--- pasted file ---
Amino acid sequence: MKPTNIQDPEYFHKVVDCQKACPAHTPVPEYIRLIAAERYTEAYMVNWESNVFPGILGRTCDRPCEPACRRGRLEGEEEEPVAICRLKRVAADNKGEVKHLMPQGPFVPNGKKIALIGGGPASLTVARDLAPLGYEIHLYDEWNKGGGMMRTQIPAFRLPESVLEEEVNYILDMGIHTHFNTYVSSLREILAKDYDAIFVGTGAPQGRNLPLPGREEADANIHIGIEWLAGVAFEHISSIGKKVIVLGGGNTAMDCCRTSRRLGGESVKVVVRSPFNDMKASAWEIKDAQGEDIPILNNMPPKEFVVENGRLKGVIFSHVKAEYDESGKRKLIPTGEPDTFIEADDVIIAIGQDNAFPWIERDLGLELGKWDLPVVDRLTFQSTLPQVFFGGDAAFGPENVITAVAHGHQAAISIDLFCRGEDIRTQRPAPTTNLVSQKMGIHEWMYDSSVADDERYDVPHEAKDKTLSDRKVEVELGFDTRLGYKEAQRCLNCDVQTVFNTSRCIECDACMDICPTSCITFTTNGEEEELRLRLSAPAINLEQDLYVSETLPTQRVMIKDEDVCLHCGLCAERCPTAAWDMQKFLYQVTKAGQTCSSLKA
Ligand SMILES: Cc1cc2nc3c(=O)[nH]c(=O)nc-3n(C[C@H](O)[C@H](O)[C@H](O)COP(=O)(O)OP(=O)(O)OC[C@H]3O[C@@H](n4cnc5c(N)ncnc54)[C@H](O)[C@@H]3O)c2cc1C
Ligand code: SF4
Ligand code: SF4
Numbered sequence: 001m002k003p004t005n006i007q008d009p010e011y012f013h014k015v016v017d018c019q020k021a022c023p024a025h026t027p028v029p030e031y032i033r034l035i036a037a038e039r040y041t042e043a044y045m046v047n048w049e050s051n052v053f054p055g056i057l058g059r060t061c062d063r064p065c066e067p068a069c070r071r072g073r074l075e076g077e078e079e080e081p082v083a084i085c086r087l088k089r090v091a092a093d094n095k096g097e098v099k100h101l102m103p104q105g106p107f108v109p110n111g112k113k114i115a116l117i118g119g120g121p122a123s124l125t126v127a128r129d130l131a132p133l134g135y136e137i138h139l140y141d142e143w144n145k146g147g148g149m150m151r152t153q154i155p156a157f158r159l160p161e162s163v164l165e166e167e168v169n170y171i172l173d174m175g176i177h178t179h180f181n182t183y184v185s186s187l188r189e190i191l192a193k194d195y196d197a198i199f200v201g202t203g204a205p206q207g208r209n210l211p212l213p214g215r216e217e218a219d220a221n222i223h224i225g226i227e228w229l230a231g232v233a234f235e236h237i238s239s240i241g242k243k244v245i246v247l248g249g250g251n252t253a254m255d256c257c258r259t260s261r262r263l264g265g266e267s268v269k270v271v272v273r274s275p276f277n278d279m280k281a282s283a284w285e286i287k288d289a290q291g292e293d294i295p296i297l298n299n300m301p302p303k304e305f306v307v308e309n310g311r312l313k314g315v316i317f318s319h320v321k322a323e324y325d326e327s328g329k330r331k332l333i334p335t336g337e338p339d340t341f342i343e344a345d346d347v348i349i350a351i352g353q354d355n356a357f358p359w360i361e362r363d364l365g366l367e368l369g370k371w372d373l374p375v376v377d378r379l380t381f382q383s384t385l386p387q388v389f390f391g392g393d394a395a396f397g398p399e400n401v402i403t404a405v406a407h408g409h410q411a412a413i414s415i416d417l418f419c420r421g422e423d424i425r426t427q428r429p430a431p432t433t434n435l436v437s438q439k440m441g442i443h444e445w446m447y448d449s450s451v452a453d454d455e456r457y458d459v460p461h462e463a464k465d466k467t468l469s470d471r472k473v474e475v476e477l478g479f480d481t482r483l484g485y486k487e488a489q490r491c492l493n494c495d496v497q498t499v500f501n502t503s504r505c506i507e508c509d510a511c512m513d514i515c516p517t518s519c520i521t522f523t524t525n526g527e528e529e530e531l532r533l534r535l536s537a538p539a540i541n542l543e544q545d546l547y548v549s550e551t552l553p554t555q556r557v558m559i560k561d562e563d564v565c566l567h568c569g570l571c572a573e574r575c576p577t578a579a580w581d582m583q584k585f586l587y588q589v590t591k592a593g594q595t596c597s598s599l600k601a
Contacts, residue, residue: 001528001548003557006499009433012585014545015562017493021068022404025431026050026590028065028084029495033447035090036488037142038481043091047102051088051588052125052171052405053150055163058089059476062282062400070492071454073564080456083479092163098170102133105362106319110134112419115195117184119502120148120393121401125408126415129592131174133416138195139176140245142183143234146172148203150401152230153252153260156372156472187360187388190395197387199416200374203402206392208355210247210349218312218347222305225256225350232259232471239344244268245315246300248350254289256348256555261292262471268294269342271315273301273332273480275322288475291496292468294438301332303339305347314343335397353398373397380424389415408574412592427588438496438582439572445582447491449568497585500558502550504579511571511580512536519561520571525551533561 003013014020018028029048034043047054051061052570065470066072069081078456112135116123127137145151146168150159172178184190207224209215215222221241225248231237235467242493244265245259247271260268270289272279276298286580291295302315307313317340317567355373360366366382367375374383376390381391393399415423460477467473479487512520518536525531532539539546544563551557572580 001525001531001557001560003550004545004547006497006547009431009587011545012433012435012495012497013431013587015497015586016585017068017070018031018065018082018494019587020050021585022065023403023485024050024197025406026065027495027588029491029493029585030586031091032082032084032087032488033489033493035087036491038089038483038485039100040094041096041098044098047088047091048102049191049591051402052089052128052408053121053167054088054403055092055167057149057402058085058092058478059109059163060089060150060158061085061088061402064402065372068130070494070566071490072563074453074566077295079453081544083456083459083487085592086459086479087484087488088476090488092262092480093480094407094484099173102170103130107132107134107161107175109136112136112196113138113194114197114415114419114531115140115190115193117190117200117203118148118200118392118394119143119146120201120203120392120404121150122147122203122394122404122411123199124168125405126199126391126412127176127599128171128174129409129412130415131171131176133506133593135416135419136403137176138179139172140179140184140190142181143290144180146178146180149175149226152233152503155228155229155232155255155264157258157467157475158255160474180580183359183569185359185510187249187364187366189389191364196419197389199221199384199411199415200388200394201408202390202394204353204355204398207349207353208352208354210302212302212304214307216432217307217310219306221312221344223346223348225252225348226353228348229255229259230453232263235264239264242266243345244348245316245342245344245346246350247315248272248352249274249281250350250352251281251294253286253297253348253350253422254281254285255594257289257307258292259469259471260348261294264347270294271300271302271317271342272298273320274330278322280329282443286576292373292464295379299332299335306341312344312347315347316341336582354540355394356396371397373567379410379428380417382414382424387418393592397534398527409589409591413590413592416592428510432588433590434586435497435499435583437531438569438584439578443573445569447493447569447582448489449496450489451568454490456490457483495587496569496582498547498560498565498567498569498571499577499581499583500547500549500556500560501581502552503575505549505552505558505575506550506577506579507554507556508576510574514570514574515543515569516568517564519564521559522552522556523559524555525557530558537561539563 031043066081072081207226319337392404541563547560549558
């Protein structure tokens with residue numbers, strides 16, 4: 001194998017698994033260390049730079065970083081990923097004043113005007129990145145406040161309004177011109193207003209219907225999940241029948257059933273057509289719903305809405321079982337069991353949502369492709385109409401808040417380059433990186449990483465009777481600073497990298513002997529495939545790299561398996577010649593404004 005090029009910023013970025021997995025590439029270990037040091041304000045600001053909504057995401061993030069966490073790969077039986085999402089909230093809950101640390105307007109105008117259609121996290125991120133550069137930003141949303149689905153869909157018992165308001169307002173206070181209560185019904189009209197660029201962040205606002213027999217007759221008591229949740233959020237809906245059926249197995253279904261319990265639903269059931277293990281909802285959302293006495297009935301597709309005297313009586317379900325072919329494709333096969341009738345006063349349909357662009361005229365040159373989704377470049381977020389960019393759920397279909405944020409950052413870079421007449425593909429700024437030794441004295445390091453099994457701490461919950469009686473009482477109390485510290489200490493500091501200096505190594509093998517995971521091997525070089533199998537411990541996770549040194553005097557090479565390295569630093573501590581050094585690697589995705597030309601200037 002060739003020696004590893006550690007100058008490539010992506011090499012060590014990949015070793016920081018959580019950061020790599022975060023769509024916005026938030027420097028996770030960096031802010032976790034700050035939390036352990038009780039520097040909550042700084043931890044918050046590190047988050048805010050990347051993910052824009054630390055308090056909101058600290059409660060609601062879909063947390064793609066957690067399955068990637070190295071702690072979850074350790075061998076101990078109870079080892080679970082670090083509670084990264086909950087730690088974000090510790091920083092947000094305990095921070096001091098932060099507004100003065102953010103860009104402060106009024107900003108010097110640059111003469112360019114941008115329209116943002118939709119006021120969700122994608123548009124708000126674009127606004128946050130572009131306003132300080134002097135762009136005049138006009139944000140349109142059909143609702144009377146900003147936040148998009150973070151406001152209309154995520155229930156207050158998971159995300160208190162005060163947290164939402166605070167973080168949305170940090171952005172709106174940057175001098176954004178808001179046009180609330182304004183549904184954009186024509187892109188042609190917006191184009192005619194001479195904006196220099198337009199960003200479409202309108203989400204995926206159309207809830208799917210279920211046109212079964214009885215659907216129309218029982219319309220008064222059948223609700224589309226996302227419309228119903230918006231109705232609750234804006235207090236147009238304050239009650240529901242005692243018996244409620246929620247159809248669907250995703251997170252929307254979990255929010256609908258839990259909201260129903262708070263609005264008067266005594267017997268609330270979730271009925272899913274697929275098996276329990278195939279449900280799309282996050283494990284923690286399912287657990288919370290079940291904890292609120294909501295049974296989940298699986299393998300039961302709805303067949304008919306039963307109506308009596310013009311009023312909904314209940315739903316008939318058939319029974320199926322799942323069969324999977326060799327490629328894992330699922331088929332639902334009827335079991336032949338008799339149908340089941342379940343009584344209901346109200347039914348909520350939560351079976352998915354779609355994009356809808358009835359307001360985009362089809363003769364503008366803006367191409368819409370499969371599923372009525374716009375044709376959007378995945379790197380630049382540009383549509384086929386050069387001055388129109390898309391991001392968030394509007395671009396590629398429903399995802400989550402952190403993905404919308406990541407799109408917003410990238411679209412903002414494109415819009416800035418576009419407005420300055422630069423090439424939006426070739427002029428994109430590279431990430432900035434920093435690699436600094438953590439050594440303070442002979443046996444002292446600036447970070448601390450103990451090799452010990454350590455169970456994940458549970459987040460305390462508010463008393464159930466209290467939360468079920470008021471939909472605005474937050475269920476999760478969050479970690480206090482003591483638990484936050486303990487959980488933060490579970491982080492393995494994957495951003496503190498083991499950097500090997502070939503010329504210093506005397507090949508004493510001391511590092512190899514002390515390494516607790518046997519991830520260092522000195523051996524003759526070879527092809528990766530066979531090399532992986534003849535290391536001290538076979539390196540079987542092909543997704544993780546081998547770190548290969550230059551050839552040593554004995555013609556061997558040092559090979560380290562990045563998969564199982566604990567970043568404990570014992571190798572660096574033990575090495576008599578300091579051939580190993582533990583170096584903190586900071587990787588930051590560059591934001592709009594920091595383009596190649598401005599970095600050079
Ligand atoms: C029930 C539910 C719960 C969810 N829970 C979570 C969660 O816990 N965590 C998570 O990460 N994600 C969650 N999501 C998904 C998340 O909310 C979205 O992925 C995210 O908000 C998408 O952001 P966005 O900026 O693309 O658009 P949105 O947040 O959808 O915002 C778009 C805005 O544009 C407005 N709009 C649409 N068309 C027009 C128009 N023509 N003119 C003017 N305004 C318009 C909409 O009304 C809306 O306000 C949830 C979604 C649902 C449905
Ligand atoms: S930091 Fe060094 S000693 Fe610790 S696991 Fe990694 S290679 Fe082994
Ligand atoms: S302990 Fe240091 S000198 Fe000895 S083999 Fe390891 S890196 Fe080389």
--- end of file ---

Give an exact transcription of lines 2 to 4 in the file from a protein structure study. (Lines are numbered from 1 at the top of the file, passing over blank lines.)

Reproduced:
Ligand SMILES: Cc1cc2nc3c(=O)[nH]c(=O)nc-3n(C[C@H](O)[C@H](O)[C@H](O)COP(=O)(O)OP(=O)(O)OC[C@H]3O[C@@H](n4cnc5c(N)ncnc54)[C@H](O)[C@@H]3O)c2cc1C
Ligand code: SF4
Ligand code: SF4